Officials in Shanghai are investigating reports that a Chinese pharmaceutical company may have sold more than 12,000 units of a blood plasma product contaminated with H.I.V., potentially the latest in a series of scandals that have threatened to undermine public trust in China’s medical institutions and health care system.

In a statement on its website, the Shanghai Food and Drug Administration said Wednesday night that authorities had ordered the company, Shanghai Xinxing Medicine Company, to begin an emergency recall of the potentially tainted batch of intravenous immunoglobulin, a treatment made from pooled blood plasma that is often used to treat immune disorders, and halt its production.

China’s National Health Commission and the State Drug Administration have asked all medical institutions across the country to stop using the units in question and monitor patients who have already been administered the treatment, according to state news media. Officials did not say how many patients had been treated with the blood product.

“In the spirit of being highly responsible to the people, the local authorities are responsible for conducting follow-up observations of relevant patients and cooperating with the State Drug Administration,” said a report published Wednesday by Xinhua, China’s official news agency.

The presence of H.I.V. antibodies in the treatment was first detected by the Jiangxi Provincial Center for Disease Control and Prevention, in southeast China. A representative of the province’s health commission told The Beijing News on Wednesday morning that, so far, no patients had been found to have been infected with H.I.V. as a result of the treatment.

Founded in 2000, Shanghai Xinxing is a subsidiary of China Meheco Group Co., Ltd., a pharmaceutical company based in Beijing whose controlling shareholder is China General Technology Group, a state-owned enterprise directly administered by the central government.

Just last month, China’s State Drug Administration revised the health warnings on human immunoglobulin products to note that although plasma treatments are screened for pathogens, they nonetheless derive from human blood and therefore may still pose a minor risk of infection to patients.

The investigation into Shanghai Xinxing comes at a delicate time for the ruling Communist Party, which is already seeking to minimize the destabilizing effects of a nationwide economic slowdown. It also represents a setback to President Xi Jinping’s efforts to restore confidence in China’s pharmaceutical industry at a time when the country is pushing to play a bigger role in the global drug industry.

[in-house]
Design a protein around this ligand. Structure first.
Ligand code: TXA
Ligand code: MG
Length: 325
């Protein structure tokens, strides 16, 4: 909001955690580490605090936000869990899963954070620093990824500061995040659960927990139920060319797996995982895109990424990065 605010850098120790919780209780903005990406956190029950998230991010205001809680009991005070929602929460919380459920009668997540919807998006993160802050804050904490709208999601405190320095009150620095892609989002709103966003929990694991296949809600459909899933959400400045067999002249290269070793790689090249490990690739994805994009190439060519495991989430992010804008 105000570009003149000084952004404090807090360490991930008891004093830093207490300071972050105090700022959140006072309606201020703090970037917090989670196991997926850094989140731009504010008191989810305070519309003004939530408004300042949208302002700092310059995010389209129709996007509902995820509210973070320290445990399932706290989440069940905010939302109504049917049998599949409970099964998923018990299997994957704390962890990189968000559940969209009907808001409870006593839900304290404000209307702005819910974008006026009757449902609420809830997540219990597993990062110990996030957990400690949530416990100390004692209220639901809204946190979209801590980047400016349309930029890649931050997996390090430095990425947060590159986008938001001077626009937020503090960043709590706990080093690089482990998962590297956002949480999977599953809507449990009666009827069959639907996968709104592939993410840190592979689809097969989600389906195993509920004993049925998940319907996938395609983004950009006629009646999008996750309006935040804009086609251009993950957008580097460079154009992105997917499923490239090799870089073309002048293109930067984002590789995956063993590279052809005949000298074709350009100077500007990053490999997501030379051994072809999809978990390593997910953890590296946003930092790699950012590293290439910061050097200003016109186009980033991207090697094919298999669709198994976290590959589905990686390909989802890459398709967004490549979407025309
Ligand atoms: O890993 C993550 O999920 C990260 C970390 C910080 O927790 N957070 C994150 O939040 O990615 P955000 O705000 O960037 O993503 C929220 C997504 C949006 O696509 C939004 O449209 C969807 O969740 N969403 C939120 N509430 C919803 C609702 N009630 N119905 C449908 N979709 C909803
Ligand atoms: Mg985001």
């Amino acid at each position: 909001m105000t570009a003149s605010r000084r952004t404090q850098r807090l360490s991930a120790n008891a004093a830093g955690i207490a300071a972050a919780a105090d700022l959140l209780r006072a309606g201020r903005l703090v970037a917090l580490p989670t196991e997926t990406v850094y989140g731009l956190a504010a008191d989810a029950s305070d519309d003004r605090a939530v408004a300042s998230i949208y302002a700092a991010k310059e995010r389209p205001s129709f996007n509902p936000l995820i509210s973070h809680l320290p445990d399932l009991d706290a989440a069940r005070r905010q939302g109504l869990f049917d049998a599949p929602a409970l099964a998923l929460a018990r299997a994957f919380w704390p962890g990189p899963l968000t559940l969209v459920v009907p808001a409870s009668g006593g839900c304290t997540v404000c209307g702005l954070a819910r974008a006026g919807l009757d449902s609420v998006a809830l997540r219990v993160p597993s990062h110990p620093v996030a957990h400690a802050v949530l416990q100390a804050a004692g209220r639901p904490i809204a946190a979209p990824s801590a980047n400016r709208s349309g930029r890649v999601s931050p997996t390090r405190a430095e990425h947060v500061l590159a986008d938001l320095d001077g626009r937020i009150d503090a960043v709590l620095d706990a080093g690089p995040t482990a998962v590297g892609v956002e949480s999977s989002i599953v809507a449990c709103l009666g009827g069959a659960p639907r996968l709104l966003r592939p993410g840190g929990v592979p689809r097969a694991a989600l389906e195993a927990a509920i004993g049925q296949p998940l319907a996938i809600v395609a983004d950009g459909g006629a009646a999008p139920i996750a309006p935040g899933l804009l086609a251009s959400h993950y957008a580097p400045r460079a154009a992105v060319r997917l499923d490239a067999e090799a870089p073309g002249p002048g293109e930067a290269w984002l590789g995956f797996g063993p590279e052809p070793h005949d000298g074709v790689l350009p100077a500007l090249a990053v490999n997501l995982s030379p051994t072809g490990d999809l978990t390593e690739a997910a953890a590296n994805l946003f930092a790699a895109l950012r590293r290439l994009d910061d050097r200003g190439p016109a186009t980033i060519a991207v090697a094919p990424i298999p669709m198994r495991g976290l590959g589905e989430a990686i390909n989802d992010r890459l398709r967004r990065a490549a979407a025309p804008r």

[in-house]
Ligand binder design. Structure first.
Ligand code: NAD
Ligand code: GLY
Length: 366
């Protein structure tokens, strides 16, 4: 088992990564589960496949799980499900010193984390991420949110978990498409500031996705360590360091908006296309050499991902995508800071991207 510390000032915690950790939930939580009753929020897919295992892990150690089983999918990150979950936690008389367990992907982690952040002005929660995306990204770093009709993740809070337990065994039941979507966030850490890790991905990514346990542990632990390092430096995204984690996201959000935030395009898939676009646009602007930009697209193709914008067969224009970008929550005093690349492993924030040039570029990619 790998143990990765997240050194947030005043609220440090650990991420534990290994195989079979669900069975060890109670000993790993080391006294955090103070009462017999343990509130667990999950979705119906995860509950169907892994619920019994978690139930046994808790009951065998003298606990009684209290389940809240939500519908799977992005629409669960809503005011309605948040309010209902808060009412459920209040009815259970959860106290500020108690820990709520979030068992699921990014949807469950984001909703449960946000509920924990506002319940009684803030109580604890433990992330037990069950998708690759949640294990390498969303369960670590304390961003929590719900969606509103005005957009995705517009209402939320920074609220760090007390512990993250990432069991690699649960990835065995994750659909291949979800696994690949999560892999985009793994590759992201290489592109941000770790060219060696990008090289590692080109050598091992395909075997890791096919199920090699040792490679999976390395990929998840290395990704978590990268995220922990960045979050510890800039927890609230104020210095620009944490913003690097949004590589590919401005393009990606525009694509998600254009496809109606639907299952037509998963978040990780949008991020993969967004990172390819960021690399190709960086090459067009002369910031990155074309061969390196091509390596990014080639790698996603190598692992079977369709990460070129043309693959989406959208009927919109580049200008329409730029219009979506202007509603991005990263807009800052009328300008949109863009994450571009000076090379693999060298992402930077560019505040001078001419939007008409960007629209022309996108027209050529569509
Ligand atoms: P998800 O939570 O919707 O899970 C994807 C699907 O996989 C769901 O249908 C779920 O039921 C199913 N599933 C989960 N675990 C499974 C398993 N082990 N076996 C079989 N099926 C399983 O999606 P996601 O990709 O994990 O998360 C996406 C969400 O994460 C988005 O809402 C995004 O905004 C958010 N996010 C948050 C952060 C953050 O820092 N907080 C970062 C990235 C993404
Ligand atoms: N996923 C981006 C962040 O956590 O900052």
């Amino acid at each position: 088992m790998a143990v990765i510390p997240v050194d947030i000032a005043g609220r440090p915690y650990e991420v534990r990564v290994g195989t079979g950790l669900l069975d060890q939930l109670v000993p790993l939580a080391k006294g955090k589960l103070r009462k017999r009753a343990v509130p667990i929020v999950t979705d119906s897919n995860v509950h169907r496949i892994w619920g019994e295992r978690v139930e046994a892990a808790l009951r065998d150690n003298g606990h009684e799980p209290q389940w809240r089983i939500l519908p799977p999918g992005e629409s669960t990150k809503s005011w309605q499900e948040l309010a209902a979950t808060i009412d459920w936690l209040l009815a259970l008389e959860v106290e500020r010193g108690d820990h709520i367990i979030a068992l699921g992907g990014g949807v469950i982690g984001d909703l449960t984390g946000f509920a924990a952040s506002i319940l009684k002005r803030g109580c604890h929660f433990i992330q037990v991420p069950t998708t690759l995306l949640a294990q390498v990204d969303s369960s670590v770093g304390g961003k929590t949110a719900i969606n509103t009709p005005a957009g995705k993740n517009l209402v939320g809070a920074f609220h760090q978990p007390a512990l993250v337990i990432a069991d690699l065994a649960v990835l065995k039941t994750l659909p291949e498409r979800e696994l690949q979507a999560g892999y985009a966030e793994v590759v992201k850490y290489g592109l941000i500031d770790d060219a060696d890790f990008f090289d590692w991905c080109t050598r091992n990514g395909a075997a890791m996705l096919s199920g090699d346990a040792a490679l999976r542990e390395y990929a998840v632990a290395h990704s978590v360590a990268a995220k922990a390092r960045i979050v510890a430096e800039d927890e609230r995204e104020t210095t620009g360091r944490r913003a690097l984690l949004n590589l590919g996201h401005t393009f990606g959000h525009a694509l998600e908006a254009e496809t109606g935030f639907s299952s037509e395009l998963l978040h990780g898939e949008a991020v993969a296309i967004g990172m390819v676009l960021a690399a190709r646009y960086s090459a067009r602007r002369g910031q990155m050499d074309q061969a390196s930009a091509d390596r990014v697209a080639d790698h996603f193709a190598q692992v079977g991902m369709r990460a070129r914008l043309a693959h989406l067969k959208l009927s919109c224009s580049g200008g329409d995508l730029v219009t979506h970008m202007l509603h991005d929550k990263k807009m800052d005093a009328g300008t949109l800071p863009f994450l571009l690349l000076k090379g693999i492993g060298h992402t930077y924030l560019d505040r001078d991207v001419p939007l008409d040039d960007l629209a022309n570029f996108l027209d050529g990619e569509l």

Last month, hundreds of angry parents protested against local government officials in a town in eastern China when it was revealed that more than 100 children had received expired polio vaccines. Months earlier, hundreds of thousands of children across China were reportedly injected with faulty vaccines for diphtheria, tetanus and whooping cough. After protests by parents, the government imposed a record fine of $1.3 billion on the vaccine maker, Changchun Changsheng Biotechnology Company.

But despite years of similar food and medicine scandals, relatively few people have been charged with crimes, fueling frustrations among the public and criticism that the government has not done enough to clean up the industry and enforce regulations.

Late on Wednesday night, the National Medical Products Administration released a statement declaring that although the investigation was still ongoing, preliminary results showed that the blood products in question had tested negative for H.I.V. and the hepatitis B and hepatitis C viruses.

Though the reports about the potentially tainted treatment emerged during the annual Lunar New Year celebrations, when large swaths of the country typically grind to a halt, the news did not go unnoticed.

“The cleanup is always fast, pretty soon they’ll say injecting this product is good for your health,” Cui Yongyuan, a Chinese television host and producer, wrote on the microblogging site Sina Weibo, commenting on a report about the investigation’s preliminary results.

“Tainted milk powder, no problem. Tainted vaccines, no problem. Tainted inoculations, no problem,” he added. “In short, if a few people die, no problem.”